On June 24, 2016, the much anticipated amendments to the Patent Act and Trademarks Act recognizing patent agent privilege and trademark agent privilege will come into force.
Canadian patent and trademark agent privilege
Under Canadian common law, solicitor-client privilege can protect communications between lawyers and their clients from being compelled as evidence in legal proceedings. In the civil law of Québec, professional secrecy of advocates and notaries provides similar protection. Historically, Canadian courts have explicitly declined to recognize any similar privilege for communications with patent agents, even for communications with foreign patent agents who enjoyed such privilege in their foreign home jurisdictions (see Lilly Icos LLC v Pfizer Ireland Pharmaceuticals, 2006 FC 1465). In certain circumstances Canadian courts have also found that communications between a lawyer who is also a patent agent and that lawyer’s client may not be privileged if the lawyer is acting in their capacity as the patent agent (see Laboratoires Servier v Apotex Inc, 2008 FC 321).
Under the amendments to the Patent Act, a statutory privilege may apply to a communication which, (a) is between an individual whose name is entered on the register of patent agents and that individual’s client; (b) is intended to be confidential; and (c) is made for the purpose of seeking or giving advice with respect to any matter relating to the protection of an invention. Similarly, under the amendments to the Trademarks Act, a statutory privilege may apply to a communication which (a) is between an individual whose name is included on the list of trademark agents and that individual’s client; (b) is intended to be confidential; and (c) is made for the purpose of seeking or giving advice with respect to any matter relating to the protection of a trademark or some other marks and similar rights available under the Trademarks Act.
Such communications will be privileged in the same way as communications that are subject to solicitor-client privilege (or to professional secrecy of advocates and notaries under the civil law of Québec) and, subject to exceptions to solicitor-client privilege (or exceptions to professional secrecy of advocates and notaries under the civil law of Québec), will not be compellable in civil, criminal or administrative proceedings unless the client expressly or implicitly waives the privilege.
Further, the statutory privileges will apply retroactively to communications made before the June 24, 2016 date on which these provisions come into force, provided that such communications are still confidential on June 24, 2016. However, the statutory privileges will not apply in respect of an action or proceeding commenced before June 24, 2016.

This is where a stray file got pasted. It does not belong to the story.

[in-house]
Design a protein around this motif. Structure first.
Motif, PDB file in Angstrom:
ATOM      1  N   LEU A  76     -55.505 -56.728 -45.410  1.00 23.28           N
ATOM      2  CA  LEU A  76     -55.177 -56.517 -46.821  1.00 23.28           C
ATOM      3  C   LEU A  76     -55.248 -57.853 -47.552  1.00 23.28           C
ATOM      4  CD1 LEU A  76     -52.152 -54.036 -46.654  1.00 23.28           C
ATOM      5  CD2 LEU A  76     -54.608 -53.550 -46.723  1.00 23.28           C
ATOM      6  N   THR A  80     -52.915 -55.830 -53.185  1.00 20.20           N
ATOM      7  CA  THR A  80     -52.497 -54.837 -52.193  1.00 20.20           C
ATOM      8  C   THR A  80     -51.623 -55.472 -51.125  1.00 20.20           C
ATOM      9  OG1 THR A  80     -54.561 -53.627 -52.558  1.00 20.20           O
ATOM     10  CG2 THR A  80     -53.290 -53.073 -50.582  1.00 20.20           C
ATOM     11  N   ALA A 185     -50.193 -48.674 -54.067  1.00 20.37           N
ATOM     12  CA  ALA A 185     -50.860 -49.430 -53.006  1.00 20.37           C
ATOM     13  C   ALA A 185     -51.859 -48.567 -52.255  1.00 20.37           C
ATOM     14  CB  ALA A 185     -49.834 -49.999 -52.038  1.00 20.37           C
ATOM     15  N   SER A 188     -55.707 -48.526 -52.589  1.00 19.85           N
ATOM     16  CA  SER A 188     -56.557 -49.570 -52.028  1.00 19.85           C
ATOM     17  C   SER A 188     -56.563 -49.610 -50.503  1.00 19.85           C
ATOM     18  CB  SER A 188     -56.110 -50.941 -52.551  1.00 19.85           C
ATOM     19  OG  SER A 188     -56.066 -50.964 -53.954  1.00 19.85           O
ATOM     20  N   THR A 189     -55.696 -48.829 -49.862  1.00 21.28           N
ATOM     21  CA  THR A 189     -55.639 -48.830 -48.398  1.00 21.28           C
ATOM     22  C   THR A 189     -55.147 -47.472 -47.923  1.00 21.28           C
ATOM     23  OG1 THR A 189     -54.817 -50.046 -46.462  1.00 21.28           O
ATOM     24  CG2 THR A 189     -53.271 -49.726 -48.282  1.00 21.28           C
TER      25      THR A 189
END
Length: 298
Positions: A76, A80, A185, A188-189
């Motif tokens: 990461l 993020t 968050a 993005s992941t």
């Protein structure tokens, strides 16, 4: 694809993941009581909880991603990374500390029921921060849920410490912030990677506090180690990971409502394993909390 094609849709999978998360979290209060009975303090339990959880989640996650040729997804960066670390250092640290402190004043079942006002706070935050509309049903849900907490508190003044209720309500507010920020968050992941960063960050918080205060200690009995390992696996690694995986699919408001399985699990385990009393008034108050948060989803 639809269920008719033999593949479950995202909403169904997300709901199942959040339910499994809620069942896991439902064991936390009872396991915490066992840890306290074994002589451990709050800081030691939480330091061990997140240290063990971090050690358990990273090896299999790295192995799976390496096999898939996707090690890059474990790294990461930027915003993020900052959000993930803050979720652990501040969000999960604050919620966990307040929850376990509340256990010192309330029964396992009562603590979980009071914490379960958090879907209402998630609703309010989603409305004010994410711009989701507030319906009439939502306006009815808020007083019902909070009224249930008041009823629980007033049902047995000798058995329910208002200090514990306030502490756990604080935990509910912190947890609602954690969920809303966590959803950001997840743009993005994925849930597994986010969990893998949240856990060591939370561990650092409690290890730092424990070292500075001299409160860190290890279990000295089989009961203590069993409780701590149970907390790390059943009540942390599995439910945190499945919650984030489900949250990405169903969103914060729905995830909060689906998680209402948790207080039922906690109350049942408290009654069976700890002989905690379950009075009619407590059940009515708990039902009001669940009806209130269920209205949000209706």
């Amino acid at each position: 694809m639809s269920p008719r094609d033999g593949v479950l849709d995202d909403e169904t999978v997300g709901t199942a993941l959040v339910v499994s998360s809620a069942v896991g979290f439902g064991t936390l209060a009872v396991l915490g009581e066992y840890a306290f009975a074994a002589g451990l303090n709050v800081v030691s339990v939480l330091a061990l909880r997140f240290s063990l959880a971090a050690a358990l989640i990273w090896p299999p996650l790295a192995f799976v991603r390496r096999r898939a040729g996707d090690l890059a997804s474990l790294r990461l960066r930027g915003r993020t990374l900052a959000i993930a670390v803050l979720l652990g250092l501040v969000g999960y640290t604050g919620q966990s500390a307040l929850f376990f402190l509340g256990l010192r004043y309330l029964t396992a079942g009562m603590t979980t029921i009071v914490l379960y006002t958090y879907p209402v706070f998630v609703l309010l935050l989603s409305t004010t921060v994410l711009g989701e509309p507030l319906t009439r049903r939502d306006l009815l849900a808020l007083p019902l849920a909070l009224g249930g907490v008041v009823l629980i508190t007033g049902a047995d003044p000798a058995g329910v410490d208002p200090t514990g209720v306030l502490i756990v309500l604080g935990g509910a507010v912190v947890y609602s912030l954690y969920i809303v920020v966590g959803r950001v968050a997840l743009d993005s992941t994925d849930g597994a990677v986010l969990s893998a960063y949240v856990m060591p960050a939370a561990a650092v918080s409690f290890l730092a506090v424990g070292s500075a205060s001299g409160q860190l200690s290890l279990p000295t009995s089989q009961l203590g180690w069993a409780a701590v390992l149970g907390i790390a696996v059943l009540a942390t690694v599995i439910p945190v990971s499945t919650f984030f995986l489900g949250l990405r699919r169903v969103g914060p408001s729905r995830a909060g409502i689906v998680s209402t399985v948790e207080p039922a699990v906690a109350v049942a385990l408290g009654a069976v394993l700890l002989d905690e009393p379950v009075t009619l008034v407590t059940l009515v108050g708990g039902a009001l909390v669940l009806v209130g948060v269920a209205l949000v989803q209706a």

Extension of Canadian patent agent privilege to foreign patent agents
The statutory privileges set to come into force on June 24, 2016 will also extend to communications between an individual who is authorized to act as a patent agent or trademark agent in a foreign country other than Canada and that individual’s client if a) that foreign country’s law also recognizes privilege in the communications and b) the communications would meet the requirements for privilege in Canada had they been made between an individual whose name is entered on the Canadian register of patent agents or trademark agents and that individual’s client.
In the recent United States Court of Appeals for the Federal Circuit (“CAFC”) decision of In re Queen’s University at Kingston, No. 15-145, a majority of the CAFC recognized a limited patent agent privilege in the United States. Further, at least Australia, the United Kingdom, and Germany also extend some form of patent agent privilege in their respective jurisdictions. A communication with a patent agent of these or other countries that both a) is privileged under the law of that country and b) would satisfy the requirements for statutory Canadian patent agent privilege had the foreign patent agent been a Canadian patent agent may be privileged in Canada.
The preceding is intended as a timely update on Canadian intellectual property and technology law. The content is informational only and does not constitute legal or professional advice. To obtain such advice, please communicate with our offices directly.